Uniswap’s new privacy policy sees backlash from decentralization buffs

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Decentralized exchange (DEX) Uniswap's recently updated privacy policy appears to have attracted the ire of some members of the community, with concerns that collecting and storing user data works against crypto's core values. 

In recent responses to a November blog post regarding its updated privacy policy, some vocal members of the community suggested it i uncharacteristic for a decentralized entity to collect and store information about its users.

In the Nov. 11 post from Uniswap Labs, released around the time of FTX’s collapse, the decentralized exchange released its privacy policy to explain how it collected and stored user data

“With innovations around blockchain, web3 aims to reclaim users’ privacy and choice after decades of internet businesses that have eroded it.”

“That’s why we’re releasing a new Privacy Policy today – we want to be crystal clear about what data we’re protecting and how we use any data we collect. Transparency is key. We never want our users to be surprised,” it said.

This privacy policy, which was last updated on Nov. 17 reveals that the exchange collects publicly-available blockchain data, information about user devices such as browser information, and operating systems, and information about users’ interactions with its service providers, among others.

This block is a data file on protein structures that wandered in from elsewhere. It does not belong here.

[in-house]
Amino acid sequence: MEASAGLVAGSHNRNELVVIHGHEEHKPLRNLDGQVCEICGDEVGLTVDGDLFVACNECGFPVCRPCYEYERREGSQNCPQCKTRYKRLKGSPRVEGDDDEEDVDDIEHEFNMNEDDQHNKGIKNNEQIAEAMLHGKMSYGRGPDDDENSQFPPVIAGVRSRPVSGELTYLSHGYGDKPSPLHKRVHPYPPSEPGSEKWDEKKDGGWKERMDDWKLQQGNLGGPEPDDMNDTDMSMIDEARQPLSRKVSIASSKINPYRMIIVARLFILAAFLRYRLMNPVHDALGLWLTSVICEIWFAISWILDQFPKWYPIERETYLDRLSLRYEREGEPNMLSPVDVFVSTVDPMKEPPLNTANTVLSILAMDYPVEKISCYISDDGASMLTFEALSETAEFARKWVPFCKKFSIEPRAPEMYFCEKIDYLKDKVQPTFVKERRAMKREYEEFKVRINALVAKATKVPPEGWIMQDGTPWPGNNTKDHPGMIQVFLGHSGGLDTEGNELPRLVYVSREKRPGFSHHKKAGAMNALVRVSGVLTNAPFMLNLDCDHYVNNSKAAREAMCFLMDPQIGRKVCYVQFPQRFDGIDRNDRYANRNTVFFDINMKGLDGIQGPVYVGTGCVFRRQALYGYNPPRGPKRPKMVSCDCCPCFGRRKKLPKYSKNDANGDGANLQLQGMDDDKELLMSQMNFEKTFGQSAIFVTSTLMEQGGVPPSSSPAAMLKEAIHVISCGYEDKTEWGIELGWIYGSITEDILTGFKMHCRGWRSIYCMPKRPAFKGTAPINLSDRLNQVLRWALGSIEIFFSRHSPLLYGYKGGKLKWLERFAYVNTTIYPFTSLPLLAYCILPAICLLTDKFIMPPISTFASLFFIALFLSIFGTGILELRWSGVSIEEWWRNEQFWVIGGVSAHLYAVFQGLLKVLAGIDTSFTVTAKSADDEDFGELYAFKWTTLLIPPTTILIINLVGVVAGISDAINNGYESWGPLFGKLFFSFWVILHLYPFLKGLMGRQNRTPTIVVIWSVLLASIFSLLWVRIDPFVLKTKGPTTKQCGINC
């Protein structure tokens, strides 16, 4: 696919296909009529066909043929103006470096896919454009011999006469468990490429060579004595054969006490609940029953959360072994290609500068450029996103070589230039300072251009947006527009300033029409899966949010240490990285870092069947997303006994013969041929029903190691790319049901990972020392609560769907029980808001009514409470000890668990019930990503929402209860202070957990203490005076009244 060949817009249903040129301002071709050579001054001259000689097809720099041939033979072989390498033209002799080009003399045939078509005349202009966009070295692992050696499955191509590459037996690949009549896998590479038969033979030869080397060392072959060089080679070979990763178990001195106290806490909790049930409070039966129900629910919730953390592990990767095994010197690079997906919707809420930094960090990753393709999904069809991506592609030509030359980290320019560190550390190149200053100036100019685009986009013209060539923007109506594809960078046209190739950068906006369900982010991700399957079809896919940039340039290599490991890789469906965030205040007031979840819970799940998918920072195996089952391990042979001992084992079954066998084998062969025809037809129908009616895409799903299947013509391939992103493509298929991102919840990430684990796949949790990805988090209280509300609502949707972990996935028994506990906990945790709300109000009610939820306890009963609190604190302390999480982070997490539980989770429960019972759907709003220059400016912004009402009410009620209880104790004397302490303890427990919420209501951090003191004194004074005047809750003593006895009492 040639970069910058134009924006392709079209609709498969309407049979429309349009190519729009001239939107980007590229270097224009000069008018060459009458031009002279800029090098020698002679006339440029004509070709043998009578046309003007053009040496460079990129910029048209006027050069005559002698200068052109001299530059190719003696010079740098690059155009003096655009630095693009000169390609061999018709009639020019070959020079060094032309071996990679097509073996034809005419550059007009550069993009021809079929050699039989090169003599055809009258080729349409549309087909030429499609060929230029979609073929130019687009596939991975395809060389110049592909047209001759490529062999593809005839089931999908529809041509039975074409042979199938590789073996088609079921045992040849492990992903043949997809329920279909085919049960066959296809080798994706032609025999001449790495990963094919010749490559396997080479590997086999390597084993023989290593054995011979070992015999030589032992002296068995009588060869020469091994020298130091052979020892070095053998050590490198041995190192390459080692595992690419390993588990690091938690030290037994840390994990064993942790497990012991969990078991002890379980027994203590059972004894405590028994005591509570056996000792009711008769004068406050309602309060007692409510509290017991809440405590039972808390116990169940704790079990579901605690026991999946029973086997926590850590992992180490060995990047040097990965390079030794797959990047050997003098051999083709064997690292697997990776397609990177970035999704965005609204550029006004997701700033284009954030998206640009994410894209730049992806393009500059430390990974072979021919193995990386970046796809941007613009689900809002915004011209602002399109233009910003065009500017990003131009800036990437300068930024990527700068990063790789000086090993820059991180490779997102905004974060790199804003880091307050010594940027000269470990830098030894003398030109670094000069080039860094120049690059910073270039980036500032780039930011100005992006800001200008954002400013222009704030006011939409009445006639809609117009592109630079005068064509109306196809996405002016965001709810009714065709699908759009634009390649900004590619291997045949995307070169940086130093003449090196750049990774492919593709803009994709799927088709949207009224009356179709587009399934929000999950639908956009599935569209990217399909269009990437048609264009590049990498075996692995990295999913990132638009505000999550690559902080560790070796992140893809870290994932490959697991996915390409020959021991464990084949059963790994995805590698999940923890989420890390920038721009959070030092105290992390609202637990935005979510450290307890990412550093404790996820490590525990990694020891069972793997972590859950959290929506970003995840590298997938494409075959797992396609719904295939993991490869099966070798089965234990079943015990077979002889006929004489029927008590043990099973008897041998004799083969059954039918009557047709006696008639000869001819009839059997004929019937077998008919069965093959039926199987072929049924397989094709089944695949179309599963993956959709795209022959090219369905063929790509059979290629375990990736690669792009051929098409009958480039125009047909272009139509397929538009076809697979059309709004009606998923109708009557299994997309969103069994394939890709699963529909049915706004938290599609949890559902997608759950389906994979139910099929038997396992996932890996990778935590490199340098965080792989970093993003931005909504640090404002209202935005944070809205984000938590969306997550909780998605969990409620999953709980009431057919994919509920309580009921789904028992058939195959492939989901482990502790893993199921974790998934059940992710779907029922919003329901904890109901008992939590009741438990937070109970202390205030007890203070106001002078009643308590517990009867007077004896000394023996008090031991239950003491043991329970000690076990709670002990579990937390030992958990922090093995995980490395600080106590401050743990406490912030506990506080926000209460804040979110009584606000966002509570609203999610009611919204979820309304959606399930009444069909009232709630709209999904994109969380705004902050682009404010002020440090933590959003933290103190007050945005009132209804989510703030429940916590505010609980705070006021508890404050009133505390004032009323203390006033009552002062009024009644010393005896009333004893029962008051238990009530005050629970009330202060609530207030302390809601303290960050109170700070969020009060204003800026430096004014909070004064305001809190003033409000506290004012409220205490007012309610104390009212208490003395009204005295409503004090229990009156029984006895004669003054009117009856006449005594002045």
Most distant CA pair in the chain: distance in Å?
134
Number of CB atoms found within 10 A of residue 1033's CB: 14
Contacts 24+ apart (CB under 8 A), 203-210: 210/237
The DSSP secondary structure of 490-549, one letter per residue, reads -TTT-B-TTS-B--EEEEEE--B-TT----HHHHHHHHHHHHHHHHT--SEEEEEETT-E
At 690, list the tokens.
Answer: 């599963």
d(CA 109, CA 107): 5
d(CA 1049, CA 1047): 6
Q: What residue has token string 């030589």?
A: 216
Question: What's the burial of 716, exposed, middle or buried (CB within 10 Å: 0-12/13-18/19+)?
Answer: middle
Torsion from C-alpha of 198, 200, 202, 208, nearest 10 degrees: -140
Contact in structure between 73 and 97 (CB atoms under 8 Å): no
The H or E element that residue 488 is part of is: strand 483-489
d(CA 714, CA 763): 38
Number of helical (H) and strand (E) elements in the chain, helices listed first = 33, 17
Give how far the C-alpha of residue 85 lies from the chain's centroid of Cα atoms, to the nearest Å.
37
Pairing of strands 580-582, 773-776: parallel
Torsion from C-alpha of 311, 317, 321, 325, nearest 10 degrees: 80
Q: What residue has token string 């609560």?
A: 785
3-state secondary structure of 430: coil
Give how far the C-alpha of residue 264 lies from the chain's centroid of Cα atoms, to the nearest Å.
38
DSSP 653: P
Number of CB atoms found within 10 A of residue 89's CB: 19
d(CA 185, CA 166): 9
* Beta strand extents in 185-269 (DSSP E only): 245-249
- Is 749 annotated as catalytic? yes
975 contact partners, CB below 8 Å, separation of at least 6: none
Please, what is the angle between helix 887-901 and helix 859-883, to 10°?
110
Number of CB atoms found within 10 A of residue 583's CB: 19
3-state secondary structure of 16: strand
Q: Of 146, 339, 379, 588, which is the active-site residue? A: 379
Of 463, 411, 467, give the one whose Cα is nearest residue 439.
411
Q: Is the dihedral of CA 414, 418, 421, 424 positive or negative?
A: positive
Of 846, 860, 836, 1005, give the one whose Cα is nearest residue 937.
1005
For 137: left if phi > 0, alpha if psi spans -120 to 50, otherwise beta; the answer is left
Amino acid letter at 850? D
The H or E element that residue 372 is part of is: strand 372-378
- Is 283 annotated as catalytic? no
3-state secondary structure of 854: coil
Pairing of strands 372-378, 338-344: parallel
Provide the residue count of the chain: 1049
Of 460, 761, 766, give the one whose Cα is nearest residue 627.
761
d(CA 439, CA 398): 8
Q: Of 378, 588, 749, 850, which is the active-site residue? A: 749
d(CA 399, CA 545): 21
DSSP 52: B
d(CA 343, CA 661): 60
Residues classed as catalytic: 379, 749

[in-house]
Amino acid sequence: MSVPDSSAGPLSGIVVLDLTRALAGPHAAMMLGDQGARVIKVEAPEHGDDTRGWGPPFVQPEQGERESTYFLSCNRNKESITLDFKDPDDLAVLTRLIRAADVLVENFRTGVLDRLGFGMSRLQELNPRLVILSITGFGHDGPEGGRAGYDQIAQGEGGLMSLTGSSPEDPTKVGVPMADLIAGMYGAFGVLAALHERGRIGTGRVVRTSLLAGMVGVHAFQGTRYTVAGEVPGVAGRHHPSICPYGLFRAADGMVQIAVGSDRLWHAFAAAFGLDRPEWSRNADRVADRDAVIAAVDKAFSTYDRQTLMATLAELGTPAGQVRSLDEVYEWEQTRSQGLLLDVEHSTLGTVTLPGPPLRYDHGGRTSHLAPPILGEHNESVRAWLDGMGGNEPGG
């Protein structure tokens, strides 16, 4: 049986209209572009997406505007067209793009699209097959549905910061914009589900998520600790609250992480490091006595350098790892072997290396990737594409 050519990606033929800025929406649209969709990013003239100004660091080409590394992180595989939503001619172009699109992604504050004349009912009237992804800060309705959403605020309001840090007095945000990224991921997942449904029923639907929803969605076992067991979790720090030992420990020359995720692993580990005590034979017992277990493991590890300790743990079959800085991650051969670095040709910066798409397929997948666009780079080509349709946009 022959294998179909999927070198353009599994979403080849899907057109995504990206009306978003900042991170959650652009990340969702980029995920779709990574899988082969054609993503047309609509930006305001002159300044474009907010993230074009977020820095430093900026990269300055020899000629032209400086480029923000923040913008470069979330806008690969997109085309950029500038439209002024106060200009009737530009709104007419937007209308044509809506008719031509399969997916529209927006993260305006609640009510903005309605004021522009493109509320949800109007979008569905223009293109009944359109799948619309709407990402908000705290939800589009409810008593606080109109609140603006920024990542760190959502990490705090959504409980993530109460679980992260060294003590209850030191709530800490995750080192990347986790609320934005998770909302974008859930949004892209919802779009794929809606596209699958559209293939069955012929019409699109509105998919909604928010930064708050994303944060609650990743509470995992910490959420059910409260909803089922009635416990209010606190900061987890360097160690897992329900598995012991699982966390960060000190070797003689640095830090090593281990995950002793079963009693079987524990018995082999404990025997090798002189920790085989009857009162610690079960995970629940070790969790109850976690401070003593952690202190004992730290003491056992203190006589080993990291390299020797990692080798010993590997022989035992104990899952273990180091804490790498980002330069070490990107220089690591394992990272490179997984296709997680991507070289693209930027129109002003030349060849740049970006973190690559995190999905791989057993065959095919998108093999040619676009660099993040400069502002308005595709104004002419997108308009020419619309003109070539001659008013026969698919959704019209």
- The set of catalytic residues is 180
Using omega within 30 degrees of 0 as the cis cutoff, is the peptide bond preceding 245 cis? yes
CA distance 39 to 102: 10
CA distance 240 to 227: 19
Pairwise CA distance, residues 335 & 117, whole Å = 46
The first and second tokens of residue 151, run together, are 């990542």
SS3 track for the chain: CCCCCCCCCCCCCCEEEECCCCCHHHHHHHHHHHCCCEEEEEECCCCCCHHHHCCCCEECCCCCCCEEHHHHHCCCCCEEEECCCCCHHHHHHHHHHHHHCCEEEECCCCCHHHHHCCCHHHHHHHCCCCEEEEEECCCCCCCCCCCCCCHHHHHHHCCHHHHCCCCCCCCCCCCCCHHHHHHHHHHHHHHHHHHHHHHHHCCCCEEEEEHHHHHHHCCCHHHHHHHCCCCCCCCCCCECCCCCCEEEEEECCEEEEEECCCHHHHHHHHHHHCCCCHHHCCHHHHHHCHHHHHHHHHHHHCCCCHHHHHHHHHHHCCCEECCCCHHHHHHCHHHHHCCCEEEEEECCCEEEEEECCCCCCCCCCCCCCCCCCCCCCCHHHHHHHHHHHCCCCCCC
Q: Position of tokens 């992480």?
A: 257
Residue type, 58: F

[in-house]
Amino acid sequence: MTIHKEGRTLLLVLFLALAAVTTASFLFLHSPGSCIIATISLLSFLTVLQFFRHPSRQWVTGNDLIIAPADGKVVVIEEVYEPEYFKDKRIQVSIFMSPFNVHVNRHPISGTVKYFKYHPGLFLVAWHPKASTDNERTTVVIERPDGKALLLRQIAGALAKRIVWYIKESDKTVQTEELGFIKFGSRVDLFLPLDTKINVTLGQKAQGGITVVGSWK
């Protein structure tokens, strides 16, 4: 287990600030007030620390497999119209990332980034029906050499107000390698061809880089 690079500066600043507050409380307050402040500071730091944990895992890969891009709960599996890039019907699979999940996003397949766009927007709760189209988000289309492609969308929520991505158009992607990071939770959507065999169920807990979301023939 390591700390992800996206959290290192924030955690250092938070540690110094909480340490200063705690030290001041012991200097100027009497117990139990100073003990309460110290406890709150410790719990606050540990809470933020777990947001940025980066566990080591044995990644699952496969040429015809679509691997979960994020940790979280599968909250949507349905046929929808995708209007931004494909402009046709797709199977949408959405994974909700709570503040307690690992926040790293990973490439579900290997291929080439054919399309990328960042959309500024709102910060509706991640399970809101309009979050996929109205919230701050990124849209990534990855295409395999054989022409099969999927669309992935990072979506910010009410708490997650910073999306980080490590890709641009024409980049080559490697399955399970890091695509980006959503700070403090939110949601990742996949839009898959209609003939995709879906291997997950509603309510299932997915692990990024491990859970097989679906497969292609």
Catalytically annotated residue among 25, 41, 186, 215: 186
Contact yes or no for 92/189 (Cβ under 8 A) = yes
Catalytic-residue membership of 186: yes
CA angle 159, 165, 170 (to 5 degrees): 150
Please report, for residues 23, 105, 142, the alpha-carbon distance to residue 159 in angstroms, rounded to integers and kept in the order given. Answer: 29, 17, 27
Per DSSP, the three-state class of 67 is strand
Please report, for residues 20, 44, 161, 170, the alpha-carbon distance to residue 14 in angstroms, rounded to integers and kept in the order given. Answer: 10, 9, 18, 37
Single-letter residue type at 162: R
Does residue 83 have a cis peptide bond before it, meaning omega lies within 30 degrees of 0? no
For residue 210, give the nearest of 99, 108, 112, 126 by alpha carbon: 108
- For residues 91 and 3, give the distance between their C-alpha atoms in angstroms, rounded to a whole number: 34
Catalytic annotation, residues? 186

Uniswap also stated that none of this information includes personally identifiable information such as first name, last name, street address, date of birth, email address or IP address.

Despite this, some in the crypto community have shared concerns that the moves are in contrast to crypto's core values, which are focused on user privacy and anonymity. 

The team behind privacy-preserving cryptocurrency Firo argued in a Nov. 21 Twitter post to its 83,700 followers that Uniswap’s privacy update sets a “dangerous precedent” for DEXs:

OwenP, an affiliate for the DEX SpookySwap suggested that it was uncharacteristic for a decentralized exchange to collect and store user information on the backend.

“We were contacted […] by an infrastructure provider once who asked about our backend and what info we kept we were shocked by the question. ‘None of course' [was] the answer.”

Meanwhile, Twitter user “CryptoDavid” also noted to his 12,000 Twitter followers on Nov. 21 that he wasn’t surprised by Uniswap's decision, as other DEXs have also started doing the same thing.

Related: Digital sovereignty: Reclaiming your private data in Web3

Transparency has emerged as a buzzword in the industry following the collapse of crypto exchange FTX earlier this month.

Other crypto entities that have recently pledged towards “transparency,” including implementing “proof-of-reserves” in the case of centralized exchanges, include Kraken, Bitmex, Coinfloor, Gate.io and HBTC who’ve already completed audits.

Binance, OKX, KuCoin and a host of other exchanges also plan on doing the same.



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